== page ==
There is a peace is repetition by keara



Under the Blackberries
by Allen L Burnet

There is order in repetition. He traced a soft line with his index finger across her bare skin, down the slope of her shoulder, along her arm, where it folded delicately across her torso. She lay between light summer sheets with her back pressed against him. Or was he pressing against her? He couldn’t be sure anymore; they had held this position for a few hours. His finger continued up the arch of her hip then descended toward the mattress, a slight brush against her soft hair, then a ninety degree turn for the return trip up along her belly and between her breasts. His wrist brushed her nipple as his finger navigated that valley. He followed her collarbone back to his staring point on her shoulder. He traced the path again.

They had met the summer before starting the third grade, 21 years, two months and three days ago, in a time when people still introduced themselves to new arrivals in the neighborhood. Cole’s mother had taken him with her to greet their new neighbors. There was a round of introductions and an exchange of baked goods, but that happen up high; Cole was down low, where kids stand. He heard a women’s voice say, “…and this is Kim, Kimmy, but we all call her Kipper. Don’t we honey?” Kim pressed tighter against her mother’s leg in response. “This is Cole,” his mother’s voice introduced him. He did not press against his mother’s leg. He watched Kim. She was all mismatched sizes: big green eyes set

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above a tiny turned up nose with a mouth shaped like a cartoon-kiss – and so much hair, soft brown curls that caught the light like a shampoo commercial. “Kim.” Cole tilted his head, as if registering something he had never understood before. Kim stepped behind her mother. Within a week or so, and with a little encouragement – including a batch of gram-cracker sandwiches filled with chocolate frosting – Kim got over her shyness. Summers pass slowly at eight years old and kids make fast friends. Young enough to get into trouble but old enough not to get caught, that first summer formed a bond that would last a lifetime. It’s hard to compare a child’s love with that of an adult, but anyone who saw those two kids together, knew: Kim Putnam loved Cole Gibson. She followed him everywhere. A pair of soon-to-be third graders with bicycles, they explored the boundaries of their known world: past the blackberry patches and out to the railroad tracks, in the ponds, up the trees, and always together. Cole and Kim were the only elementary age kids on their side of the Basin. It would be four years before Lori Wilcox would move into the neighborhood and become Kim’s best friend. Two years after that, Lori would die in the backseat of a 1973 Ford Pinto. When school started, Kim and Cole were the first to be picked up on their bus route; they spent fifteen minutes with the bus all to themselves. They always shared the same seat, the seat over the left wheel. It was the bumpiest ride and the wheel well allowed Kim’s feet to reach the floor. Also, that seat was not visible from the bus driver’s chair. The third grade seating chart placed Cole directly behind Kim – a mistake teachers in future classes would not repeat. While Kim quickly learned her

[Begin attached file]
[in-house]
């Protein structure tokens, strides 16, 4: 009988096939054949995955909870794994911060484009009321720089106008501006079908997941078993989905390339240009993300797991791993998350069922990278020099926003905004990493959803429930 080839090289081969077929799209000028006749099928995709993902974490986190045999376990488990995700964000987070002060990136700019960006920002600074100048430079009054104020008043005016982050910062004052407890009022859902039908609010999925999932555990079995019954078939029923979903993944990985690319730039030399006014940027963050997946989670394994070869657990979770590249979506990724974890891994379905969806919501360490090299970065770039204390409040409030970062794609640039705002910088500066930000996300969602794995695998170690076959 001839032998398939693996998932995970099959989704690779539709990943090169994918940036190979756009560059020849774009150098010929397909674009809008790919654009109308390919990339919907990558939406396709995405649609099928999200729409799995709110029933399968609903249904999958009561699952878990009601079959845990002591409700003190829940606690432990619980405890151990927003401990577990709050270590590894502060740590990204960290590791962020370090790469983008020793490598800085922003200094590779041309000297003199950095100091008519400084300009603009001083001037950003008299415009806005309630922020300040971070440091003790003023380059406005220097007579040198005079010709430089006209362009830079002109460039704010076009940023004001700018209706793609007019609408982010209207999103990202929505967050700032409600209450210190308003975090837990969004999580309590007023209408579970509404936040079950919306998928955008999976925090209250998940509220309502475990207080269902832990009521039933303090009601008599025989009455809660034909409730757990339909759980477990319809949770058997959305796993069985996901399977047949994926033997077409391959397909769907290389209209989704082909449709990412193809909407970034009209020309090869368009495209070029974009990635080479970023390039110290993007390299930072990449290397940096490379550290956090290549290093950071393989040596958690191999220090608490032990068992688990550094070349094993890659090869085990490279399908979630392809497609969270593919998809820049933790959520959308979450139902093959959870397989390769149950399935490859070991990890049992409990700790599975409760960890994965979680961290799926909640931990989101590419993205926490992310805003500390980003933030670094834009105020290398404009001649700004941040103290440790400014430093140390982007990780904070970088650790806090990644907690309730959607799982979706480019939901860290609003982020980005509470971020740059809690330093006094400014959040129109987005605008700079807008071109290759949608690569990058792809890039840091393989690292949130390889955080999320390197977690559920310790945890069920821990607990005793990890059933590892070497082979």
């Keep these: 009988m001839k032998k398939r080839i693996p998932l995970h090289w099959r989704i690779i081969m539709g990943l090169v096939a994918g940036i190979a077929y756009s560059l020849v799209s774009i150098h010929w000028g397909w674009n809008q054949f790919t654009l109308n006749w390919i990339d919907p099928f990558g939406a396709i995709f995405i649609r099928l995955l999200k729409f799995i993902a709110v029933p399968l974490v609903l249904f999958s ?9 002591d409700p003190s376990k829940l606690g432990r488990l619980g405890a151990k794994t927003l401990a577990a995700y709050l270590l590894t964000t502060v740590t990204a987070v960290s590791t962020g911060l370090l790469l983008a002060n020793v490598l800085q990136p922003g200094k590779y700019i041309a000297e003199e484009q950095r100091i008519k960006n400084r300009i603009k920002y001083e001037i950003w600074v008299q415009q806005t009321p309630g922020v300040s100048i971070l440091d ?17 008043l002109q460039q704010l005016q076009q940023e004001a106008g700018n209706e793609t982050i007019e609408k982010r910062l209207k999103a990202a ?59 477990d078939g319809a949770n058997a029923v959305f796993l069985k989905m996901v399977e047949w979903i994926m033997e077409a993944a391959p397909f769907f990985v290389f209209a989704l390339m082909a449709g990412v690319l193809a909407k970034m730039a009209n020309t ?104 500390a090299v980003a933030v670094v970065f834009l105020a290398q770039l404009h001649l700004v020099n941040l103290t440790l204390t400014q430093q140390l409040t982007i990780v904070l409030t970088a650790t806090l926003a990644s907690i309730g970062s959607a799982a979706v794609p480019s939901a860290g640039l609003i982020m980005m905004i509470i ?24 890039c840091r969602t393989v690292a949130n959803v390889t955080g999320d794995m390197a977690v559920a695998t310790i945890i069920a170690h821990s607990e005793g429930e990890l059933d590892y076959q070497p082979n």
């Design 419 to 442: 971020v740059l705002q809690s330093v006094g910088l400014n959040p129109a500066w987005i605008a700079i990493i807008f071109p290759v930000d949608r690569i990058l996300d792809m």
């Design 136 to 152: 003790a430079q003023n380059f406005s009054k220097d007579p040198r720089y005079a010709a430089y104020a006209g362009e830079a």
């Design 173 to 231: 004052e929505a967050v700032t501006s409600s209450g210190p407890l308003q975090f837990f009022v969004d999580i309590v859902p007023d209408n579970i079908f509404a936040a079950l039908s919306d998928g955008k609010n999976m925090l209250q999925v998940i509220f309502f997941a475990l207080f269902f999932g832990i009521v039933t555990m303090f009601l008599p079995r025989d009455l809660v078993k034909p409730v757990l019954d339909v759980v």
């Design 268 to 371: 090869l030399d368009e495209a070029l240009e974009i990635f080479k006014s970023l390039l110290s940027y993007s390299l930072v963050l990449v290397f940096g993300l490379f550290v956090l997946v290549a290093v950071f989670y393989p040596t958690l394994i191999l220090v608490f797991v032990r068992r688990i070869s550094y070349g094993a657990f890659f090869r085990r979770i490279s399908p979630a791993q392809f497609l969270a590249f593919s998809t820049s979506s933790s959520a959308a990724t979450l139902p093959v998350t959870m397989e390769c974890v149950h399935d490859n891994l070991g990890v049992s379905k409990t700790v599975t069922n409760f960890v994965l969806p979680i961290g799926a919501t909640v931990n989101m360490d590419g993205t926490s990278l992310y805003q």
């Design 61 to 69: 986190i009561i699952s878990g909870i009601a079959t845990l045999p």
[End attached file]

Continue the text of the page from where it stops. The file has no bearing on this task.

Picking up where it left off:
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spelling words and multiplication tables, Cole would sit quietly and play with her hair. On recess, while the other boys played kickball and tetherball, Cole would play foursquare or hopscotch with Kim. It was the summer before the fourth grade when Cole began his work on the blackberry-fort. The Basin was thick with blackberries, fields full of the thorny vines, large enough to cover a few city blocks and towering fifteen to twenty feet high at the center. Once all the berries along the outsides of the fields had been plucked, people would lay planks of plywood over the barren sections so they could get in deeper – get to the fresh pockets of plump juicy berries. These trampled down picking trails would eventually lead under the blackberry canopy and become dark tunnels. Over the course of that summer, Cole pressed one of these tunnels deep into the thick of the vine-covered field, and hidden in the shadows, he hollowed out the blackberry-fort. It became their secret playground under the blackberries. And there, at an age of innocence, when curiosity has no shame until adults assign it, Cole traced his finger across Kim’s belly for the first time.